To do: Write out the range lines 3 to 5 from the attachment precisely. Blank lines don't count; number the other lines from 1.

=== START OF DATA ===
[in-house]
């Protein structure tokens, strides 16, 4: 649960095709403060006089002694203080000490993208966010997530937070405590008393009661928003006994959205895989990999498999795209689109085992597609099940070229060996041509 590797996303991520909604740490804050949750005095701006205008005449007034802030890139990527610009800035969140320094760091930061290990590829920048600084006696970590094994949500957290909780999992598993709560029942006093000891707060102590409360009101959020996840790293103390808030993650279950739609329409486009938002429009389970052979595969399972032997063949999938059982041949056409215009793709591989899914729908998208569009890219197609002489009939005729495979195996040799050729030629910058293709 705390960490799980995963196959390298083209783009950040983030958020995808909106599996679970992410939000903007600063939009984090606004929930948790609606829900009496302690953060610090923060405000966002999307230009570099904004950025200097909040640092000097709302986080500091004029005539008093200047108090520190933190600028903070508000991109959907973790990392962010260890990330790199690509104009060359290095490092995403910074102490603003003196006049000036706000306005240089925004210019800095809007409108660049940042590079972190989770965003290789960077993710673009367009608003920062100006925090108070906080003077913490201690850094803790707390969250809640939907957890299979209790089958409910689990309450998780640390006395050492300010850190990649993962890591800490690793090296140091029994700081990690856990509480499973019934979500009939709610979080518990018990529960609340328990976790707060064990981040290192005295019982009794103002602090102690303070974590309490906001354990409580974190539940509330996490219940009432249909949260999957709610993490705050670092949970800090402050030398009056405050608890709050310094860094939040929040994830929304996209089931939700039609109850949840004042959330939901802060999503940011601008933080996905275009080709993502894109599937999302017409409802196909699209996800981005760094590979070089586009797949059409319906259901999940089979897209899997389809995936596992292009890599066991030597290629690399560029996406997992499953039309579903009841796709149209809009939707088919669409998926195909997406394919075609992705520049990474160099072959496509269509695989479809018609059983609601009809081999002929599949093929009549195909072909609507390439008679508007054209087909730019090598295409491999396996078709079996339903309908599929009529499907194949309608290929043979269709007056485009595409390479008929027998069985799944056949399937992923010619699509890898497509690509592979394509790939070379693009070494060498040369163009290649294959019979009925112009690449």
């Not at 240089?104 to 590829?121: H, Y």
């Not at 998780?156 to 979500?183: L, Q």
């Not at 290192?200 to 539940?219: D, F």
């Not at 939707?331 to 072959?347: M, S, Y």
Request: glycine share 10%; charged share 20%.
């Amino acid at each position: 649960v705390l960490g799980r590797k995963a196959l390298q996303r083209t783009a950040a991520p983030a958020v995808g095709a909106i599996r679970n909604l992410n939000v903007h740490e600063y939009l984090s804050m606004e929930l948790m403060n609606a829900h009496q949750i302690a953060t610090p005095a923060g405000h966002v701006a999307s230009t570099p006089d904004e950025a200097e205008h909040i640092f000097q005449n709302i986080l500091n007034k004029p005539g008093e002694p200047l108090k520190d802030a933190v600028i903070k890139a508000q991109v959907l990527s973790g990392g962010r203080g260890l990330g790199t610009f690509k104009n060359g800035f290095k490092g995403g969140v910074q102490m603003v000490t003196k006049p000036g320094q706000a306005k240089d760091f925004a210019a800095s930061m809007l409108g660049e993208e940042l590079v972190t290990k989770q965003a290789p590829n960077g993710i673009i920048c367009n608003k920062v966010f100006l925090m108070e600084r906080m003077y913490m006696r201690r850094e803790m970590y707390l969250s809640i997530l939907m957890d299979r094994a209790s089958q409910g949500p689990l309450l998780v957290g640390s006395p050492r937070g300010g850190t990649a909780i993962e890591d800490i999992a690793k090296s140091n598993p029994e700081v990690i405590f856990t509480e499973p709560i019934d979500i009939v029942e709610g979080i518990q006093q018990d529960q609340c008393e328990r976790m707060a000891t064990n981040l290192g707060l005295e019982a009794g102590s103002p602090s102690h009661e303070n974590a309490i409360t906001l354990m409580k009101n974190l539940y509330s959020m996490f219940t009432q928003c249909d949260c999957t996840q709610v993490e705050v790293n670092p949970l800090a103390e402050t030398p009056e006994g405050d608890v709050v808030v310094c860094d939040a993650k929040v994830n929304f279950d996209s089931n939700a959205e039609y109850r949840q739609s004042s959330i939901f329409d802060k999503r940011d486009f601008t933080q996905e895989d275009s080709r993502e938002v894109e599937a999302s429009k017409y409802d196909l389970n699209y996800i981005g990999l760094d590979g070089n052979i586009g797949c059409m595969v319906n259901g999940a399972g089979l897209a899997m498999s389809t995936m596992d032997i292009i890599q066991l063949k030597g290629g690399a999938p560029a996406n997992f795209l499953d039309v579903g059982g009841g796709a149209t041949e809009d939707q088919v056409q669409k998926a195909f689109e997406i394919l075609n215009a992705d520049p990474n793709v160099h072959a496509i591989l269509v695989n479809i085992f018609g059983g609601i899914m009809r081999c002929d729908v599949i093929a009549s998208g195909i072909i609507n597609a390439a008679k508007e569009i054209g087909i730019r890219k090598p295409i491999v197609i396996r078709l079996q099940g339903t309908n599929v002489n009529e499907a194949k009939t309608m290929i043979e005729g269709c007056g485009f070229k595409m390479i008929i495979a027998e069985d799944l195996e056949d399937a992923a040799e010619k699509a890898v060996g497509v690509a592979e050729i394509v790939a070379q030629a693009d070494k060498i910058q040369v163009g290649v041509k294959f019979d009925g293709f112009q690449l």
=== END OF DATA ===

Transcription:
């Not at 240089?104 to 590829?121: H, Y």
């Not at 998780?156 to 979500?183: L, Q």
């Not at 290192?200 to 539940?219: D, F």